A comment left today on my blog asked for some help on finding a pattern for crocheting leg warmers. Now that it is winter, maybe this website is one you would like to visit, too. The pattern is also converted for knitting if that is your mojo.

(photo courtesy of vanillabeanknits) on Flickr.

Here is the website and the directions follow from their webpage: Legwear:
These leg warmers will be most appreciated in the dead of winter when temperatures plummet and winds wail, but be sure to have them crocheted and ready to wear.

Directions are given for size 9-11. You will need two 4 ounce, skeins of 4 ply yarn and sizes I and K crochet hooks.

Gauge: 3 hdc equal 1 inch

Starting at lower edge with smaller hook, ch 30, join with sl st to form ring, ch 2, do not turn.
Row 1: Sc in each ch, join with sl st in top of ch-2, ch 2, do not turn.
Rows 2 through 8: Repeat Row 1.
Row 9: With larger hook, ch 2, hdc in each sc across, join with sl st in top of ch-, ch 2, turn.
Repeat Row 9 to length desired, after last sl st, fasten off
Knitting pattern: "I didn't really use a pattern, I just used a little math and knit a 1 x 1 rib. I kept knitting until they were long enough to stretch up to my thighs if cold weather required." Courtesy of VanillabeanKnits

Thursday, January 1, 2009

How to Make Japanese Knotted Bags (borrowed instructions)

A few months ago, I was looking for a quick purse to make from fabric and came across an excellent tutorial created by Helen in New Zealand. Her complete instructions, including nice photos of her Japanese print bags, can be found at Japanese-knot-bag.

Only two fat quarters (if you are not a quilter, one fat quarter equates to very little fabric) are required to make this bag (photo courtesy of Helen):

She says about her shop where she sells hand crafted items:
Welcome to Show Your Workings. I like to recycle and re-purpose. I mostly work with fabric but also collect and sell vintage patterns and haberdashery. I'm trying to live a sustainable life in New Zealand with a small footprint, craft is a way of living sustainably and inventively (that's my excuse anyway!). I also write and blog at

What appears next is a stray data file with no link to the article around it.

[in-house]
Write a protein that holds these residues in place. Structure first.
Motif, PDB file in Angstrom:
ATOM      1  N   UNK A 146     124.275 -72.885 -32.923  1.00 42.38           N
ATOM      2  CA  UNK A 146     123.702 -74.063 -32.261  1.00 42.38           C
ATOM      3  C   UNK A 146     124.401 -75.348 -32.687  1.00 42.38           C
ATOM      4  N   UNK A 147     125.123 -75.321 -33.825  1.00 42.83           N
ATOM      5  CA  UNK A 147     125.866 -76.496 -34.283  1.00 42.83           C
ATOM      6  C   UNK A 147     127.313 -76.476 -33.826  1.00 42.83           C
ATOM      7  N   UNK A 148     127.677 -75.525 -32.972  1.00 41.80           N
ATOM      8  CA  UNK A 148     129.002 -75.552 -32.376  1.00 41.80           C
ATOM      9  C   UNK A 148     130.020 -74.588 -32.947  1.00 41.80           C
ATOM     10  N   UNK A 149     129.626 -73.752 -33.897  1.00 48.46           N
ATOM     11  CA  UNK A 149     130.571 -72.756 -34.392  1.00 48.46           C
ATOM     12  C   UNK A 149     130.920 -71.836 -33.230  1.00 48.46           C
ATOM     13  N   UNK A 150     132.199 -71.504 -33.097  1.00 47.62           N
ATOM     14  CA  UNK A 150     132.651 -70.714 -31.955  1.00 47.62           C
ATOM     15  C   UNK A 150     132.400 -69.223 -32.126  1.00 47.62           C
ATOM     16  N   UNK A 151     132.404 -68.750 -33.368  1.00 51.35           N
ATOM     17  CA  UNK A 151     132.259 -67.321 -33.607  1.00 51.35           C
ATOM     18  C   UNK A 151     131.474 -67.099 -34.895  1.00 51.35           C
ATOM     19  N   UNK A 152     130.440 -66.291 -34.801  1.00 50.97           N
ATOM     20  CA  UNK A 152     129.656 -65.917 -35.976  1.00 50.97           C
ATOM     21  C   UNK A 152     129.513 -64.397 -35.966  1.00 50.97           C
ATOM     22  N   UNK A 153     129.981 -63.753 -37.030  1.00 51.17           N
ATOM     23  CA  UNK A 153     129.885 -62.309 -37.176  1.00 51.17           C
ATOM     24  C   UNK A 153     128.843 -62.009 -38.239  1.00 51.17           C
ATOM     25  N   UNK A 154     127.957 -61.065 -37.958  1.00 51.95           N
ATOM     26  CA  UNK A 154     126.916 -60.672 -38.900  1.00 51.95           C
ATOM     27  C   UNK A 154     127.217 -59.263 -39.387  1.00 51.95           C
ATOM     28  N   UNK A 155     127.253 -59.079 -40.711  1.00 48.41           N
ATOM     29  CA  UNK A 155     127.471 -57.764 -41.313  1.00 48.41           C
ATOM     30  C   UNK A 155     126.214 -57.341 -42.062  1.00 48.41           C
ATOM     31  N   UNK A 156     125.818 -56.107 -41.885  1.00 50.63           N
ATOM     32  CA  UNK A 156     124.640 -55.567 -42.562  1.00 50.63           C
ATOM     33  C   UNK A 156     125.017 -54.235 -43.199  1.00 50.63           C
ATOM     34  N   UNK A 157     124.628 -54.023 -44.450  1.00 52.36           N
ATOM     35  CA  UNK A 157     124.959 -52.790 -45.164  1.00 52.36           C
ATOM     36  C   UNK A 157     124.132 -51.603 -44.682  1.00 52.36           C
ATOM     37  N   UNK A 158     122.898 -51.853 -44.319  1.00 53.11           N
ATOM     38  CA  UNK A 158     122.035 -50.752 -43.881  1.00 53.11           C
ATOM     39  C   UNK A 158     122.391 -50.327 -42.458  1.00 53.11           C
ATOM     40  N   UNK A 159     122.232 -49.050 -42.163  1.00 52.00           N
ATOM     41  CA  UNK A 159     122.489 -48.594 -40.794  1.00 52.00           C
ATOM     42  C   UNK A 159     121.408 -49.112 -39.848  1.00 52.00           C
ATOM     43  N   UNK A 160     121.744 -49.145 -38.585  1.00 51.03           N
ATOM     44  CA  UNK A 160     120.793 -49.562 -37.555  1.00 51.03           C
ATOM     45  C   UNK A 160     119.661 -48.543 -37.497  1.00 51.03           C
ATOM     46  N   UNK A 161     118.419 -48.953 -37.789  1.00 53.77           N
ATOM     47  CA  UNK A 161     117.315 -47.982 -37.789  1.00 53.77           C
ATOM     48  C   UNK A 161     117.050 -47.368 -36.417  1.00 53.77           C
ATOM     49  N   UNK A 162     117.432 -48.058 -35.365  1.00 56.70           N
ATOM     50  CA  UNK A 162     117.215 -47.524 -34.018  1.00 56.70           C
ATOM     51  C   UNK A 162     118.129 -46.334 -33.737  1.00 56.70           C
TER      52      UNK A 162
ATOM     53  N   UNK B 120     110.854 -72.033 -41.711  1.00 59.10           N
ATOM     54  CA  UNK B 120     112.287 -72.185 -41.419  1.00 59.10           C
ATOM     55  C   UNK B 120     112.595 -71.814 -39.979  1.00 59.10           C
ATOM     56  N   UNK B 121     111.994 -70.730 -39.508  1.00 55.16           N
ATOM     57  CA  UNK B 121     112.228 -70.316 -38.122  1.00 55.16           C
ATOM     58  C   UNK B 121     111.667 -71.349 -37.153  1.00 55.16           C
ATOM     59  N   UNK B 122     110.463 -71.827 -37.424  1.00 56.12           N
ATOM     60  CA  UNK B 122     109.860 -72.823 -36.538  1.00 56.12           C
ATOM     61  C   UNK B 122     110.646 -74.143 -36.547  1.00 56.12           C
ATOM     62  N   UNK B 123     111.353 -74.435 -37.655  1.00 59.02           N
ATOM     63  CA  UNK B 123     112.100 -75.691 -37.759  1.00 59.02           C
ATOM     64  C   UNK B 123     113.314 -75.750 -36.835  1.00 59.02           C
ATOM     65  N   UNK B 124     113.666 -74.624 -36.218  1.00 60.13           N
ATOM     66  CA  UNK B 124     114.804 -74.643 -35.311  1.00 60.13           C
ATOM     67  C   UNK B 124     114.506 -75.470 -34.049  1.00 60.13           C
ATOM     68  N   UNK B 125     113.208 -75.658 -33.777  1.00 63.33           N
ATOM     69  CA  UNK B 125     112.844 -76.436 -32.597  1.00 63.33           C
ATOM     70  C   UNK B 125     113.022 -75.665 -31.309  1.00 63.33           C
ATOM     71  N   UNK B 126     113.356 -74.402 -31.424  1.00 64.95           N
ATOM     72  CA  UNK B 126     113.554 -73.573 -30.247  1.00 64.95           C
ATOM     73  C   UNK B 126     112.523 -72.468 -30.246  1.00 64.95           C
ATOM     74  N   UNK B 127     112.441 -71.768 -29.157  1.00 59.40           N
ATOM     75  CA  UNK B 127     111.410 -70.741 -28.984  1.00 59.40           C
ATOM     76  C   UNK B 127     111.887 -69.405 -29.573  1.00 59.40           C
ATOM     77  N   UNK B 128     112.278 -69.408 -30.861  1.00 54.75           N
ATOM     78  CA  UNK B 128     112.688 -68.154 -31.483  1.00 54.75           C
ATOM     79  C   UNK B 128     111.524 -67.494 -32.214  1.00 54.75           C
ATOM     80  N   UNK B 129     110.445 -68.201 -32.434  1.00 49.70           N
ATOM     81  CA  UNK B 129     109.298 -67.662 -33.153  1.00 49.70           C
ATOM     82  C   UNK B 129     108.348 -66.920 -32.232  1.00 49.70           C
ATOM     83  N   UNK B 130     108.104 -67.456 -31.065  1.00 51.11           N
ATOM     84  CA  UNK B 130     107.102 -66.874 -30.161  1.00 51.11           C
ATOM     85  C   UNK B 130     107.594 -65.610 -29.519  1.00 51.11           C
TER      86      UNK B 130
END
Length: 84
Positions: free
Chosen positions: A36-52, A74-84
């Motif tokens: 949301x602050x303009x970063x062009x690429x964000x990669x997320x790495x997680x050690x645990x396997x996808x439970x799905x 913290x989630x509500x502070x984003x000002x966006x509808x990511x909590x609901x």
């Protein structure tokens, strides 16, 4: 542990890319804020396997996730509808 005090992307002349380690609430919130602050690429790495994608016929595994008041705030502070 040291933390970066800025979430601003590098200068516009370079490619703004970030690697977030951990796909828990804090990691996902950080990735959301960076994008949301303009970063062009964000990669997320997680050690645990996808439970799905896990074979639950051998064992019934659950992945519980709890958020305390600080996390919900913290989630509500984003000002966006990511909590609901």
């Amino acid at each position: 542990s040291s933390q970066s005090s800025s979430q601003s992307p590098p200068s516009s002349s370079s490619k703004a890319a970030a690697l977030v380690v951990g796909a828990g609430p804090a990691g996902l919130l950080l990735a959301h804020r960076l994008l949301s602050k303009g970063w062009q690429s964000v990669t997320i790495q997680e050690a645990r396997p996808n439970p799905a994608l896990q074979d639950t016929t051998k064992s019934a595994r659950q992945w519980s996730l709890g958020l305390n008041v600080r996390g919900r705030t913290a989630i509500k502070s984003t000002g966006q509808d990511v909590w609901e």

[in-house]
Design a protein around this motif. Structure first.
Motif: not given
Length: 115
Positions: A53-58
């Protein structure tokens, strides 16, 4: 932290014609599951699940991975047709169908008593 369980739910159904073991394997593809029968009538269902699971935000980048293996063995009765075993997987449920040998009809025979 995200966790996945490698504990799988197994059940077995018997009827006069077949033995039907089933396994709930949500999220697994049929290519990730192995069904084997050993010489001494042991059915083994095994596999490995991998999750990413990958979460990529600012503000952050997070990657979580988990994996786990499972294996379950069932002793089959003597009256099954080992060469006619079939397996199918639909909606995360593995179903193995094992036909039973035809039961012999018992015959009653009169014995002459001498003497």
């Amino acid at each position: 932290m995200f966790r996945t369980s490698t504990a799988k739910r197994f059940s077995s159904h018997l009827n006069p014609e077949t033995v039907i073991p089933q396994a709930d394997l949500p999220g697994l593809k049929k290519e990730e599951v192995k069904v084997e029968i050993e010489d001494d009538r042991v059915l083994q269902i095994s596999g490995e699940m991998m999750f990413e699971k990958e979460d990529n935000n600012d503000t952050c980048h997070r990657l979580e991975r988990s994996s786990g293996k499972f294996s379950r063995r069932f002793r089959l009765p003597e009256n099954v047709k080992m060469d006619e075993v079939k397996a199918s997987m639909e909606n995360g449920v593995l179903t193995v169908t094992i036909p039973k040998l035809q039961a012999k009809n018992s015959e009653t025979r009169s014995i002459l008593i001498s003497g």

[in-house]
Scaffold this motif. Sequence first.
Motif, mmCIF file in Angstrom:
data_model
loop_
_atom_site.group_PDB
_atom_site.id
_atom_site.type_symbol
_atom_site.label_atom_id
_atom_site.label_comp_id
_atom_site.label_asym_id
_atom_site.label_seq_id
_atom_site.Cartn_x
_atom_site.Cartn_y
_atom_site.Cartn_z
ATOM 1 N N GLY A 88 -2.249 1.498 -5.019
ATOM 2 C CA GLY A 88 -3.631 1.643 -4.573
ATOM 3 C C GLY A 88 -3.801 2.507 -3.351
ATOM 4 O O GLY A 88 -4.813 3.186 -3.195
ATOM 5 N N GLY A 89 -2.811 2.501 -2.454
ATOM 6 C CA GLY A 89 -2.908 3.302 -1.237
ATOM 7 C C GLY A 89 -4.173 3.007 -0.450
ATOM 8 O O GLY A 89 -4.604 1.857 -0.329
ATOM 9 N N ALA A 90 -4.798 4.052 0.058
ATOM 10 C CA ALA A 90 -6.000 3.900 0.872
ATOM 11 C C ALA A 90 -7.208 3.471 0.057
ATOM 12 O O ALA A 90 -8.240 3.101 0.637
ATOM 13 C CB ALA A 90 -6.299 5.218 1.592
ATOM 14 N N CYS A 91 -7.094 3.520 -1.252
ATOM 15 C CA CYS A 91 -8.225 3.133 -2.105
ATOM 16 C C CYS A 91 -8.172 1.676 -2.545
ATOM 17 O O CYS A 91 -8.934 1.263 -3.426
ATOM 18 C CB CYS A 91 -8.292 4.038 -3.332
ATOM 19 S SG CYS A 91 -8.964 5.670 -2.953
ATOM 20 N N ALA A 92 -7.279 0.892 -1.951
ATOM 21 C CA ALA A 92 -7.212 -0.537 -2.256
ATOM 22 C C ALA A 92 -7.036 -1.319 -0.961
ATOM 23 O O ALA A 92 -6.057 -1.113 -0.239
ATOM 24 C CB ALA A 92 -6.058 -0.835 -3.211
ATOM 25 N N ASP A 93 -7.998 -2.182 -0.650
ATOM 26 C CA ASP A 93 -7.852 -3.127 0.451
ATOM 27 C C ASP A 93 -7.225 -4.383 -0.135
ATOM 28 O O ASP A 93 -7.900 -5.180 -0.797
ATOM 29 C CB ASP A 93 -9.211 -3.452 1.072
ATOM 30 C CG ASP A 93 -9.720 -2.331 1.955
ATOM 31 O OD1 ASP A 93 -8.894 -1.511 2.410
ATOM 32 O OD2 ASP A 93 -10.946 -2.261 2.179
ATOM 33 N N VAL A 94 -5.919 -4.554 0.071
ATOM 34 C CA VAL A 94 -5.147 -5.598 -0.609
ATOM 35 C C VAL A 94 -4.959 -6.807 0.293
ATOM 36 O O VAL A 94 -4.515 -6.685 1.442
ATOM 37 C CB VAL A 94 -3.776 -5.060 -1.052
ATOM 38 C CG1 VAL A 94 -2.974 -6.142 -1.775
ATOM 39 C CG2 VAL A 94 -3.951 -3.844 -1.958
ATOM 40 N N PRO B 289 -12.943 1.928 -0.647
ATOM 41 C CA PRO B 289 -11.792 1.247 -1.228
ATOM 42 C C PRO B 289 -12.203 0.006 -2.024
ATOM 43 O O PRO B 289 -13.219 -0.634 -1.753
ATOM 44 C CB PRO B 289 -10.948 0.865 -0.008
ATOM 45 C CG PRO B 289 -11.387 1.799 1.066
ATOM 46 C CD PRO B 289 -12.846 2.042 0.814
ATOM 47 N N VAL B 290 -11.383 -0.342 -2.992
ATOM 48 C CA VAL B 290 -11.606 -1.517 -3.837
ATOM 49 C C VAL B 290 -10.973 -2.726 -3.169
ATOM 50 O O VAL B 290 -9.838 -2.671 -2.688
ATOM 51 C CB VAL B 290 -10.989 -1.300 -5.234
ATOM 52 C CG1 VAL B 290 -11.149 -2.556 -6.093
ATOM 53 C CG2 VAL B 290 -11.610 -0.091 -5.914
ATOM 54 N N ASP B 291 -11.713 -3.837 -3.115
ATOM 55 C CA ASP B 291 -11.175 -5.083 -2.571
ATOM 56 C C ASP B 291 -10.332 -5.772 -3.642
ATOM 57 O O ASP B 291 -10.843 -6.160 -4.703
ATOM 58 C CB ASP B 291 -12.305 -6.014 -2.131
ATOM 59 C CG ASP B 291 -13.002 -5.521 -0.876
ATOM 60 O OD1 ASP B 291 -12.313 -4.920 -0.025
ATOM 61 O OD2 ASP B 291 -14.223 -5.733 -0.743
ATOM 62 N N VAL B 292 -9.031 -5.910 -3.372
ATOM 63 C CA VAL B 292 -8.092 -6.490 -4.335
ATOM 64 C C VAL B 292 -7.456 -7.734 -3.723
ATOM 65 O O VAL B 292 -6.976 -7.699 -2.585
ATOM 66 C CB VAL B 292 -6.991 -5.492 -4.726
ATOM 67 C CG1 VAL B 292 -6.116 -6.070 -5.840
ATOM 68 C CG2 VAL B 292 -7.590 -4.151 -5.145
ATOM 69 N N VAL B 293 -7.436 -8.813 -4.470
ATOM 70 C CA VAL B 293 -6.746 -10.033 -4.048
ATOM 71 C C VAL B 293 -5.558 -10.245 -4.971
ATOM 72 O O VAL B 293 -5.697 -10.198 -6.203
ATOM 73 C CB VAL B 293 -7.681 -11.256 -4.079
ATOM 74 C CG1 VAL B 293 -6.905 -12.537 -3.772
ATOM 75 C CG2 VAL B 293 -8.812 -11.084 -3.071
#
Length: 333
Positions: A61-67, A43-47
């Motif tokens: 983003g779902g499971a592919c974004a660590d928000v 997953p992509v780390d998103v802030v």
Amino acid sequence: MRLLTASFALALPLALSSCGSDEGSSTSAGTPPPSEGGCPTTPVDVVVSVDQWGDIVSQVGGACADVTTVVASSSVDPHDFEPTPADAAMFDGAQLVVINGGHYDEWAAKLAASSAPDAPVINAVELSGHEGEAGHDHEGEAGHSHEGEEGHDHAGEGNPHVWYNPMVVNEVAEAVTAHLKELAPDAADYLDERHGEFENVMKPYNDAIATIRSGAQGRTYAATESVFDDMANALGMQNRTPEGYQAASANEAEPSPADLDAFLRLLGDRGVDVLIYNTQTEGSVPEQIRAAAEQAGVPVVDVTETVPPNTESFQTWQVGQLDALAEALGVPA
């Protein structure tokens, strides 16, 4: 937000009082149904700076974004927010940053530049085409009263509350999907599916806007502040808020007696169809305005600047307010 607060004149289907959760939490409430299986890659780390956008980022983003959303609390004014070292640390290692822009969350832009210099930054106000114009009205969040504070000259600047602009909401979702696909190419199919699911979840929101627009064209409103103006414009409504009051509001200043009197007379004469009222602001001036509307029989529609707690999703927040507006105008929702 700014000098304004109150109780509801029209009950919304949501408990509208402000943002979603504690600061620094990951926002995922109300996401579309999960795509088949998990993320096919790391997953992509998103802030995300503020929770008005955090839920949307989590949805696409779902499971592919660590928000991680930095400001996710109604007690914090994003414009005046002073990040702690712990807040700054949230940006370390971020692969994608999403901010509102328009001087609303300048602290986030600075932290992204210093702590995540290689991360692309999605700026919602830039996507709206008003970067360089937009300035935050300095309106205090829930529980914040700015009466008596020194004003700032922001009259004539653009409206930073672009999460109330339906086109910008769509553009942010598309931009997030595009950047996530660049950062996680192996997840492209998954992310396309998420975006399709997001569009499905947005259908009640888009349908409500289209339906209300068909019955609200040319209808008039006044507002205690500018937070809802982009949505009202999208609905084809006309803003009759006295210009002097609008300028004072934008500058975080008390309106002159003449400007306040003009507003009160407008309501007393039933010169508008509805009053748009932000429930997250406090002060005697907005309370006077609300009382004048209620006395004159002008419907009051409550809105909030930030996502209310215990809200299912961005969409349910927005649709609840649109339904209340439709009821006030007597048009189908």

Thanks for stopping by and supporting NZ handmade.
Her online shop can be accessed at Helen's Etsy Shop.

The process for sewing the purse looked so intriguing that I just had to try it. I am not finished with my Japanese knotted bags, but here is a photo of three sets of coordinating fabrics that will be used to make three different bags:

A couple of coordinating face pins in my jewelry stash will be added to the sides of the purses when the sewing step is completed.

One idea that I added to Helen's instructions for making the Japanese-knot-bag is this: use the plastic that comes atop any 2 lb. coffee can as the insert for the bottom of the bag. You will not even have to cut the plastic, because it is exactly the same size as the pattern piece. And you will be recycling plastic and going green.

If you are looking for another type bag to sew, you can go to another quick tutorial on making shopping bags at Free Crafts:Shopping-bag.

The entire cost of making one Japanese knotted bag was less than $5, including newly purchased fabric. They are the perfect size for holding a small knitting project, or just your car keys and a lipstick.

If you make one of these bags, please send me a picture of it, and I will post it on a future blog. Thanks!